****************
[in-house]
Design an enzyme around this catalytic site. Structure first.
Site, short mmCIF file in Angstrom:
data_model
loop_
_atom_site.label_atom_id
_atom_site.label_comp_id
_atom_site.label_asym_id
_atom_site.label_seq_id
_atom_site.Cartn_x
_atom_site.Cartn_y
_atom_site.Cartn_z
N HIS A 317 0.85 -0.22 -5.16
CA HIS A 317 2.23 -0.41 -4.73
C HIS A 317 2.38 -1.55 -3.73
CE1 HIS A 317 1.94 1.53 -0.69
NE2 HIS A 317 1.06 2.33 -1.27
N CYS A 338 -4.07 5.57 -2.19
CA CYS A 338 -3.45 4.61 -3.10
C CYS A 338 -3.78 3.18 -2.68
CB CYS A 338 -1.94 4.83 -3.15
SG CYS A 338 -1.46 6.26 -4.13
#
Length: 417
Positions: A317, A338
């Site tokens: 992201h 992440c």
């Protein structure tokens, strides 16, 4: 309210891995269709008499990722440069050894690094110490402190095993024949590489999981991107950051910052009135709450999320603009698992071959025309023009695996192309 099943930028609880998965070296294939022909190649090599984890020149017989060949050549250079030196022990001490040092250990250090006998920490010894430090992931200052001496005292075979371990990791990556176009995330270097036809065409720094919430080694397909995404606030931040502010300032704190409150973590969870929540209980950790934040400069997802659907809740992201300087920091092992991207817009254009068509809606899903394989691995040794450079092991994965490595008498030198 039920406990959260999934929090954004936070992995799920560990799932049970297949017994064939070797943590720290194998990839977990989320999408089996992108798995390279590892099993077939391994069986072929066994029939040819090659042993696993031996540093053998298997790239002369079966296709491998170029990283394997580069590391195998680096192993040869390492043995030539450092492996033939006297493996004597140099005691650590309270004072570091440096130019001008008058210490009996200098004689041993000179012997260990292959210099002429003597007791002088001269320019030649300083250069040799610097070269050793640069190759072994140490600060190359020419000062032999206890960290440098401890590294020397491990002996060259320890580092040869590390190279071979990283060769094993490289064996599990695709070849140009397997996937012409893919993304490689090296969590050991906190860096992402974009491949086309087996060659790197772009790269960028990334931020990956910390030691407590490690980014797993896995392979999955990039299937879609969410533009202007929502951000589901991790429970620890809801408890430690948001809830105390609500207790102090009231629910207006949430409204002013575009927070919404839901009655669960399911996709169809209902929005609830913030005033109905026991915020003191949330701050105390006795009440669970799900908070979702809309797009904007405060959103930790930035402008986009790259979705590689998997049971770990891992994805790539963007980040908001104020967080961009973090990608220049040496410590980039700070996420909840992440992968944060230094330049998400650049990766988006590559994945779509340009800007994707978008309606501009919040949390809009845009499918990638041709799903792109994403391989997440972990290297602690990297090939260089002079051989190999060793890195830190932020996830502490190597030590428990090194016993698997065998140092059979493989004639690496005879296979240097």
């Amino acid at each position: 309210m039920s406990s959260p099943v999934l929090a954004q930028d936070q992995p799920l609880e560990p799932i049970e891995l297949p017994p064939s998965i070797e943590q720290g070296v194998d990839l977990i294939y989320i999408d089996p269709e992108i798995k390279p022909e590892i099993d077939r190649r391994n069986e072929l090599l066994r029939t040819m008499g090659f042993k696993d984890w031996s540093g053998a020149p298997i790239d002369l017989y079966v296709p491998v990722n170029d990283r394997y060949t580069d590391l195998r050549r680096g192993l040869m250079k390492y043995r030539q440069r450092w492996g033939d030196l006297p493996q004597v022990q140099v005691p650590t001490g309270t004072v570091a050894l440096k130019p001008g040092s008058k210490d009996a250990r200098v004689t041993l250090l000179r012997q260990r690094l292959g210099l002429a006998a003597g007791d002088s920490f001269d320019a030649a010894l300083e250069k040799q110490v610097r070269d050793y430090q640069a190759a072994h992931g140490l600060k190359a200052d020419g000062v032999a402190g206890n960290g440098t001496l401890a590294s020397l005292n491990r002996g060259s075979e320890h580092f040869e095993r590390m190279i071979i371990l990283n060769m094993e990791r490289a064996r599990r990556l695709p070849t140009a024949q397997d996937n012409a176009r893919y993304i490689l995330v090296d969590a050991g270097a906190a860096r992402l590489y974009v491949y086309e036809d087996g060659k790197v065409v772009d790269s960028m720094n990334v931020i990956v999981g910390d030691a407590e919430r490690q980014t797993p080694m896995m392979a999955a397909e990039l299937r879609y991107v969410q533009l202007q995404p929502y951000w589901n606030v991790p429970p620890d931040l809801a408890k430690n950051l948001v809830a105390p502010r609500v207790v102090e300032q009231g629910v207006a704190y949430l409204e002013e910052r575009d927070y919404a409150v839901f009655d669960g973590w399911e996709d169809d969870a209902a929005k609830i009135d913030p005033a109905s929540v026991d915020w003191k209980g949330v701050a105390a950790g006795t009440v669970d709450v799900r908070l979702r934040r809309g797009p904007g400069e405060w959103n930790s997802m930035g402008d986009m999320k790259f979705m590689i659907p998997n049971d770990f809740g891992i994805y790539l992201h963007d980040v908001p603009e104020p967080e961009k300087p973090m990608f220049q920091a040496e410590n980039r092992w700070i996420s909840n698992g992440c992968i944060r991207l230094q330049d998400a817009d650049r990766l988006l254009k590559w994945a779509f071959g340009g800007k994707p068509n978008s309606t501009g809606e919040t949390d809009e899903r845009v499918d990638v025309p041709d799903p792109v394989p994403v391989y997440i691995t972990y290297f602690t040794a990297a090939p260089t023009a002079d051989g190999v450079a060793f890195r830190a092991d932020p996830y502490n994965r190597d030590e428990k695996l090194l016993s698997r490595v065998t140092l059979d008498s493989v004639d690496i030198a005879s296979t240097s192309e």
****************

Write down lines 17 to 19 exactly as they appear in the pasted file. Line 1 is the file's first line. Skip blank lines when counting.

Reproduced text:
NE2 HIS A 317 1.06 2.33 -1.27
N CYS A 338 -4.07 5.57 -2.19
CA CYS A 338 -3.45 4.61 -3.10